There’s naught, no doubt, so much the spirit calms as rum and true religion.Lord Byron
When I think of summer mojitos, I picture myself in a swanky beach bar in Miami. The summer sun is hot with brilliant rays of light. My eyes rest easy on lots of smiling faces and wandering hearts in colorful swimsuits and tanned skin. There’s almost a jazz-like swirl to their walk, the way their eyes dance when they talk, and of course, with a cold drink in their hand. The laughter is dialed up a bit and the jokes run free. Hugs abound and new friends embrace just as the breeze wraps up another day around the warmth of the setting sun.
Mojitos are one of those tropical drinks that just beckon you and brightens your senses with the freshness of the mint and the pucker of the lime. Simply made with white rum, sugar, lime, soda water and mint, they are immediately refreshing.
I’ve seen all types of mojitos in my day, and I am certain you have too. One of the fanciest ones I ever saw was at the SLS bar in Los Angeles where they started with fresh cotton candy in the glass. As the other ingredients were added, the cotton candy melted and provided the sweetness that cane syrup or sugar would in traditional forms of the elixir. It was definitely a wow factor to watch and to taste!
Much like other standard cocktails, i.e., margaritas and martinis, mojitos come in all shapes, sizes, colors and flavors. The classic version, however, features very simple, yet critical ingredients: white rum, sugar (and/or simple syrup), club soda, fresh lime juice, and fresh mint.
Start with a Collins or highball glass. Add about 8-10 fresh mint leaves, half of a lime cut into small wedges, and white sugar into the glass. Muddle it all together. [If you can use an actual muddler, it is best because the little spikes on the bottom of the flat surface will help squeeze the juice from the limes without needing to crush anything. You really just want to release enough juice from the lime without getting the bitter flavors from the skin of the lime.]
Add some semi-crushed ice to the glass. Pour in the rum. Give it several turns with a long spoon and top with club soda. Garnish with additional mint leaves and lime wedges.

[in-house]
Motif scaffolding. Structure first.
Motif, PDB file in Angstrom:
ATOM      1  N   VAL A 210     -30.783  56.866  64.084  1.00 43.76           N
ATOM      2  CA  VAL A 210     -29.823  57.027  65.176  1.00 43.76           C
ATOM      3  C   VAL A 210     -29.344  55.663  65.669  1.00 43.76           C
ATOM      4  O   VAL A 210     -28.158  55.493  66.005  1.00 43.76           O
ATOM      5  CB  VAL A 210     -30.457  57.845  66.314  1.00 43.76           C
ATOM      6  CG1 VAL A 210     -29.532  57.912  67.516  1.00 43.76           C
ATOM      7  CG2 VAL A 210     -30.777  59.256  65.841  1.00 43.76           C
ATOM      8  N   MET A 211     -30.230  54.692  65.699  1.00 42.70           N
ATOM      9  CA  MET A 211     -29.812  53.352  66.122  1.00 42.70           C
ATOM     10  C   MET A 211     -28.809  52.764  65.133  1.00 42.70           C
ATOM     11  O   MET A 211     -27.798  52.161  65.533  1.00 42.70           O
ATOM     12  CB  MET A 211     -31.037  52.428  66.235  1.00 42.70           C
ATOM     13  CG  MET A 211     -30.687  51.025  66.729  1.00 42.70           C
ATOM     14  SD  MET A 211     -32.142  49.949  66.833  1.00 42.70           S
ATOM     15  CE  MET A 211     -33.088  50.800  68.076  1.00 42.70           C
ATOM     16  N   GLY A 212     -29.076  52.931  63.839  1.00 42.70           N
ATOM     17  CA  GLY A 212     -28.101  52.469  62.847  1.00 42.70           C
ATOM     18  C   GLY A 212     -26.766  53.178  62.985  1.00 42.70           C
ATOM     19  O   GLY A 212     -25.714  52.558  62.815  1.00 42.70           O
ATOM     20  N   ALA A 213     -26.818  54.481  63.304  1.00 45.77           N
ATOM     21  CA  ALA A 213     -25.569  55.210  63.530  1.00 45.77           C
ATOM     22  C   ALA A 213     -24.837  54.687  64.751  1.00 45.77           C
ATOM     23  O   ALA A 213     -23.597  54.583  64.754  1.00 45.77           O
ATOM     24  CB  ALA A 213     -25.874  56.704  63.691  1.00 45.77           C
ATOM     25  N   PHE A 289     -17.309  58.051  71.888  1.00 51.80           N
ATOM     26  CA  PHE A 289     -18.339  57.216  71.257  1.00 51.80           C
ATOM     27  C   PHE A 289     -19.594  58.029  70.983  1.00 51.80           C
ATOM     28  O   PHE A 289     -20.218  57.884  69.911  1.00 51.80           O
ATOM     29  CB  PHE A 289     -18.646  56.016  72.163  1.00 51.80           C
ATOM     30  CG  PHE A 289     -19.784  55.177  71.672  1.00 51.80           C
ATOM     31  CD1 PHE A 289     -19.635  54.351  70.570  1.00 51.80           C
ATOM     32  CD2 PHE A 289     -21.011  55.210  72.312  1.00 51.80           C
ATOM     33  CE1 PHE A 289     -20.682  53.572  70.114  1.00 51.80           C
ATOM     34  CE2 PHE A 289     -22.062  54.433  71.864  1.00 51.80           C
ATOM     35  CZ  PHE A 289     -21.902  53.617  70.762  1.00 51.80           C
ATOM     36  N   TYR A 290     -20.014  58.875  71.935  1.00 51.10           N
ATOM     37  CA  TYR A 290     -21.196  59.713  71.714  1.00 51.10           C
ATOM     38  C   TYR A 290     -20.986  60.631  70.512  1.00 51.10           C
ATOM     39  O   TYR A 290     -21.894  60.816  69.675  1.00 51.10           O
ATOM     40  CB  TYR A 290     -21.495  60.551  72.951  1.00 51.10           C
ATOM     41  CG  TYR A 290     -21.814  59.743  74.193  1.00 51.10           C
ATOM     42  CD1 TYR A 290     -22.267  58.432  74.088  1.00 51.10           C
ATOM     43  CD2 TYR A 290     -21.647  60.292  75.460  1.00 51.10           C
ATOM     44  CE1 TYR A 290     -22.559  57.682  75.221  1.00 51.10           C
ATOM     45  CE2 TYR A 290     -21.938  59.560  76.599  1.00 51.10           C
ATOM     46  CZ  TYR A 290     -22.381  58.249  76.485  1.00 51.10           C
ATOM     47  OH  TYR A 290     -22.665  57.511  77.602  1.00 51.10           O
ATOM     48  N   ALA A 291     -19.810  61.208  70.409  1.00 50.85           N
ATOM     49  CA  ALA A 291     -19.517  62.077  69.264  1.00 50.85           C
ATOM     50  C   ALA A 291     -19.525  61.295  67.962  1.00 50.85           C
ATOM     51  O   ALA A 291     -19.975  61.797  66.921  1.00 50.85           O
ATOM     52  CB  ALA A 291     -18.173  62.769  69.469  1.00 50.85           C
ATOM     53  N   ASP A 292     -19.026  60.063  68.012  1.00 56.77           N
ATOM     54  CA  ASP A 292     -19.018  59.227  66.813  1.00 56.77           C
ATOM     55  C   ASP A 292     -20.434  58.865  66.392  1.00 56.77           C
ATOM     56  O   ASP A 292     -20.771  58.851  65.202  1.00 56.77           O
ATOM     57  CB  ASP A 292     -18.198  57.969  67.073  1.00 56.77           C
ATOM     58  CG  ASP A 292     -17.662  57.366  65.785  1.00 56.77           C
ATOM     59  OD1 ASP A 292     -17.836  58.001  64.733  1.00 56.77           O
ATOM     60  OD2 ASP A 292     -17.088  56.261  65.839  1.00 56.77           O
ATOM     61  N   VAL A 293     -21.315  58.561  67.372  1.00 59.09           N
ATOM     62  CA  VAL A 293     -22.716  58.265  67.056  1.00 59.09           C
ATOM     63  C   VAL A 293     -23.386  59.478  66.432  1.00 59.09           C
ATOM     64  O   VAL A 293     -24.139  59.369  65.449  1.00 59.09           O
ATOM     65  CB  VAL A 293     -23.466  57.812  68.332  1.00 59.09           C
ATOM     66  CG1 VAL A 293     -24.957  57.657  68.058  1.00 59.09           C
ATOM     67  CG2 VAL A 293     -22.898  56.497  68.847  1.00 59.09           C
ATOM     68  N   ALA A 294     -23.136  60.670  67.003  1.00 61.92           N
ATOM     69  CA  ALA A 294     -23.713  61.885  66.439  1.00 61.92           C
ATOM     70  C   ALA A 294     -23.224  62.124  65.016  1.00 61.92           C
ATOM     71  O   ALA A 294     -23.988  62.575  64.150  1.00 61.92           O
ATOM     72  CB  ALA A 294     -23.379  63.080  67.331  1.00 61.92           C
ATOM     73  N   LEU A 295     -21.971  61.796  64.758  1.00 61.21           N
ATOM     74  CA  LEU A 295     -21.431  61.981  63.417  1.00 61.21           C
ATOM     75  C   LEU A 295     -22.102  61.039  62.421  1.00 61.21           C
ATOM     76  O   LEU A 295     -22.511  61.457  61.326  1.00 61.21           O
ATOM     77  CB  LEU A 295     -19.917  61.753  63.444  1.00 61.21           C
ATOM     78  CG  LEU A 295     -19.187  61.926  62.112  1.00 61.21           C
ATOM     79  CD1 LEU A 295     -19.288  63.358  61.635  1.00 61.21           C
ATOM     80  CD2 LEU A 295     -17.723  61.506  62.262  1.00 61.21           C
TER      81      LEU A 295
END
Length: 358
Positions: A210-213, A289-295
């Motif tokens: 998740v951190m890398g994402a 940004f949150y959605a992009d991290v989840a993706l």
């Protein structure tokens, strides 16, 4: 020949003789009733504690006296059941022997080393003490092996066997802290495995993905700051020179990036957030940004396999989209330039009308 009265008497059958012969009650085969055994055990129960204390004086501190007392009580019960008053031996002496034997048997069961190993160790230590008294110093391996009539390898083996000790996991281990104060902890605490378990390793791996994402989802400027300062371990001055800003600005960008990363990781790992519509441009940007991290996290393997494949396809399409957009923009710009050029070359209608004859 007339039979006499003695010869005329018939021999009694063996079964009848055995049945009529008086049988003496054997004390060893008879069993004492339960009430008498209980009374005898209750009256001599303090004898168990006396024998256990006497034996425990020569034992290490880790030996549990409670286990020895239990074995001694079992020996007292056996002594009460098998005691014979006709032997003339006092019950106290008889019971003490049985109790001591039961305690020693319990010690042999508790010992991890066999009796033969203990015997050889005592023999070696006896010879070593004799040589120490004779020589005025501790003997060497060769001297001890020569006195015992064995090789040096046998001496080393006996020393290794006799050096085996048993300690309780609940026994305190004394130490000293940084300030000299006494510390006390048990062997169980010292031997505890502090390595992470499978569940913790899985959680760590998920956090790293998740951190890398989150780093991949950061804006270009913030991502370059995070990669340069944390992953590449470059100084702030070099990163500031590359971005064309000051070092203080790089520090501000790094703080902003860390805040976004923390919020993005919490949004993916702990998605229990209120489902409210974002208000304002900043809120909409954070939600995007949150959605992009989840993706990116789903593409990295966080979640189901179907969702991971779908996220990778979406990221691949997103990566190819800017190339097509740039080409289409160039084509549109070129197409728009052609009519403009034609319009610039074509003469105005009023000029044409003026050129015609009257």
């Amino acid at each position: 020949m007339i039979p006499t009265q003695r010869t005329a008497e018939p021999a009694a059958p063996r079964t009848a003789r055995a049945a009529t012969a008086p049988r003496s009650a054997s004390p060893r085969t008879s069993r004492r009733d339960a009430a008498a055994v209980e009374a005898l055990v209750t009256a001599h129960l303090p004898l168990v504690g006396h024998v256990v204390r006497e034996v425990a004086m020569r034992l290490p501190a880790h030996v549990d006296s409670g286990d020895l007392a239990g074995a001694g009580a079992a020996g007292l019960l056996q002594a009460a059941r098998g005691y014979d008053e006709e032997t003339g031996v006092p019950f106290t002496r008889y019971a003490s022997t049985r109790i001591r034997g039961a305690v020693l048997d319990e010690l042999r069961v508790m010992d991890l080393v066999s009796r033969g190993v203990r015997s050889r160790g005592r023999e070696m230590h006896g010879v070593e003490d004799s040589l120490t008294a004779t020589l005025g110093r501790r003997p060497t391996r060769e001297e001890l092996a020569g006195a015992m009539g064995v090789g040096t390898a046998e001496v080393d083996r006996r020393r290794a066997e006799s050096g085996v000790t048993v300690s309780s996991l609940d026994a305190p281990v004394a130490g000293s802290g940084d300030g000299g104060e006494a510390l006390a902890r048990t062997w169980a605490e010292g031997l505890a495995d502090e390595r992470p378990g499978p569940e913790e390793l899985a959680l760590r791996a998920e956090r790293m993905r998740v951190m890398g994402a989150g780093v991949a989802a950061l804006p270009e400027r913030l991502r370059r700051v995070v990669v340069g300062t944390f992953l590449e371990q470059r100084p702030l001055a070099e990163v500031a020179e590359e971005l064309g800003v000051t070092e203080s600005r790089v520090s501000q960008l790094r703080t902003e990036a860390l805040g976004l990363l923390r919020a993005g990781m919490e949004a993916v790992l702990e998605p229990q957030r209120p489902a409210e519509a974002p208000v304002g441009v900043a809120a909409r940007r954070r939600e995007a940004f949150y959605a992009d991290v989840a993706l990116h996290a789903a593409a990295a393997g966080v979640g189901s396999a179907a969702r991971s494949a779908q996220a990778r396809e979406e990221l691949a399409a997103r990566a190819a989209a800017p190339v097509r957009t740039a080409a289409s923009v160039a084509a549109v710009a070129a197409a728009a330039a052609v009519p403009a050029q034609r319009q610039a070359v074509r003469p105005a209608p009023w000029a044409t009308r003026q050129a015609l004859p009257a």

Try to use white rum over dark or spiced rum, as this is the traditional way it is made. The white rum will make the drink that much more light and refreshing.
Sugar is a key ingredient with a classic mojito because it infuses with the tartness of the lime to create that perfect balance. If, however, you are trying to stay away from white sugar, you can use agave syrup or simple syrup instead. You may have to play around with the quantity of this ingredient, as some prefer their mojitos more sweet than others.
Mojitos are so versatile that you can make multitudes of variations using your favorite fruits. For National Mojito Day, in addition to the classic version, I’m also featuring a pineapple mojito and a blueberry mojito. Add these to your summer playbook. Both are full of summer flavors and will bring you right back to the beach bar in Miami with the warm ocean breeze and tanned skin wandering the shoreline…Let’s imagine we’d order another round and let’s toast to a momentary escape with this classic mojito.
10 fresh mint leaves, plus more for garnish
1/2 lime, cut into 4 wedges, plus more for garnish
2 tablespoons superfine sugar, to taste
1-1/2 ounces white rum
1/2 cup Topo Chico or your favorite soda water
Ingredients ~ Pineapple Mojito
3 lime wedges
2 pineapple chunks
5-6 fresh mint leaves
2 ounces light rum
2 ounces pineapple mint puree (see recipe below)
2-3 ounces club soda
Ingredients ~ Pineapple Mint Puree
3/4 cup sugar
1 cup water
1 cup fresh mint, firmly packed
1-1/2 cups fresh pineapple chunks
Preparation ~ Pineapple Mojitos:
Preparation ~ Pineapple Mint Puree:
1 cup fresh blueberries, plus more for garnish
10-12 fresh mint leaves, plus more for garnish
1/2 lime cut into wedges, plus more for garnish
1 ounce simple syrup or 2 teaspoons sugar
1-1/2 ounces freshly squeezed lime juice
4 ounces white rum
Sparkling water or club soda
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